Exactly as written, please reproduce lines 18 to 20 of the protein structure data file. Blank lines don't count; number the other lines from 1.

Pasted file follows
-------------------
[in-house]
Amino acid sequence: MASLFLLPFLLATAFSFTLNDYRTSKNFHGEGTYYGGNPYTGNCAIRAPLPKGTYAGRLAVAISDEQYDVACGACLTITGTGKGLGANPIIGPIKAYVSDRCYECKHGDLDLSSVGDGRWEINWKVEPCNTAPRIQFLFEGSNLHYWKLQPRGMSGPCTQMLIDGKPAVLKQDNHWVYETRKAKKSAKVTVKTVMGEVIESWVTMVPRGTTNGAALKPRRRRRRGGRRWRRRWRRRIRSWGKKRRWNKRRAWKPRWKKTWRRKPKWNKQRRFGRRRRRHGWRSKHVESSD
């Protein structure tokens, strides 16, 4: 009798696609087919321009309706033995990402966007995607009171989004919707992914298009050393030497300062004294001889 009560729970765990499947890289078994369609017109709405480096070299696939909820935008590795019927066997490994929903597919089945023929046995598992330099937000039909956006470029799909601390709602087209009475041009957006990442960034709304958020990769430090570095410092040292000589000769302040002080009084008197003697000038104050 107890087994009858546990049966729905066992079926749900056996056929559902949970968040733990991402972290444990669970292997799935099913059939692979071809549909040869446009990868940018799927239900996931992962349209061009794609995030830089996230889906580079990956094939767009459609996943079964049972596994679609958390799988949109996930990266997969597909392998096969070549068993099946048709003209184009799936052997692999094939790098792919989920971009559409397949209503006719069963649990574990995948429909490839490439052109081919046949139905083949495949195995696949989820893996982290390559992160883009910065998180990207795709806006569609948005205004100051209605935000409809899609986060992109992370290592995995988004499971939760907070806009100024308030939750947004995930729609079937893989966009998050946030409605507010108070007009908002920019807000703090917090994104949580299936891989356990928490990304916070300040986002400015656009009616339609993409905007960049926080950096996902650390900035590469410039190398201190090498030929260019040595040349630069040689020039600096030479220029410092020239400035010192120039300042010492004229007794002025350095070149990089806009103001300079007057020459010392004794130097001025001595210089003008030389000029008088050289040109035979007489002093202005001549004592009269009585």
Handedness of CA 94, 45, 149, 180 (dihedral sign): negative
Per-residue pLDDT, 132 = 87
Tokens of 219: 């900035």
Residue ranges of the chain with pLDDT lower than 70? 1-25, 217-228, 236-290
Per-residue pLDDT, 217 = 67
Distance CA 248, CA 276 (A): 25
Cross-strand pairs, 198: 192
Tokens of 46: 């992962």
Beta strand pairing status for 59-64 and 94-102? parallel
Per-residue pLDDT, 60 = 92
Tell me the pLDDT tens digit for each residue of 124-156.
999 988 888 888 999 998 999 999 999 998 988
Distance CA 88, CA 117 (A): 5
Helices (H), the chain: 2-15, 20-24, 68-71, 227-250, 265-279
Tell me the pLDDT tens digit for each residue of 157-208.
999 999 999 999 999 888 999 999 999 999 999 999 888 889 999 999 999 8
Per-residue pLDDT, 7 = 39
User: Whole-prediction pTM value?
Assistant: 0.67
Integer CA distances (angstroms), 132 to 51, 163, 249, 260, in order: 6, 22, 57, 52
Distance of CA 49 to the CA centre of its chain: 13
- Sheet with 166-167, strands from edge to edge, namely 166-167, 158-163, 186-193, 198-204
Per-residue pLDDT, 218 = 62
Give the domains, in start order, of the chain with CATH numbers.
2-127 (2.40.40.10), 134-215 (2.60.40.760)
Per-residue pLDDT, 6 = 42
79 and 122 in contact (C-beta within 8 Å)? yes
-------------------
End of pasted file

Tell me the pLDDT tens digit for each residue of 157-208.
999 999 999 999 999 888 999 999 999 999 999 999 888 889 999 999 999 8
Per-residue pLDDT, 7 = 39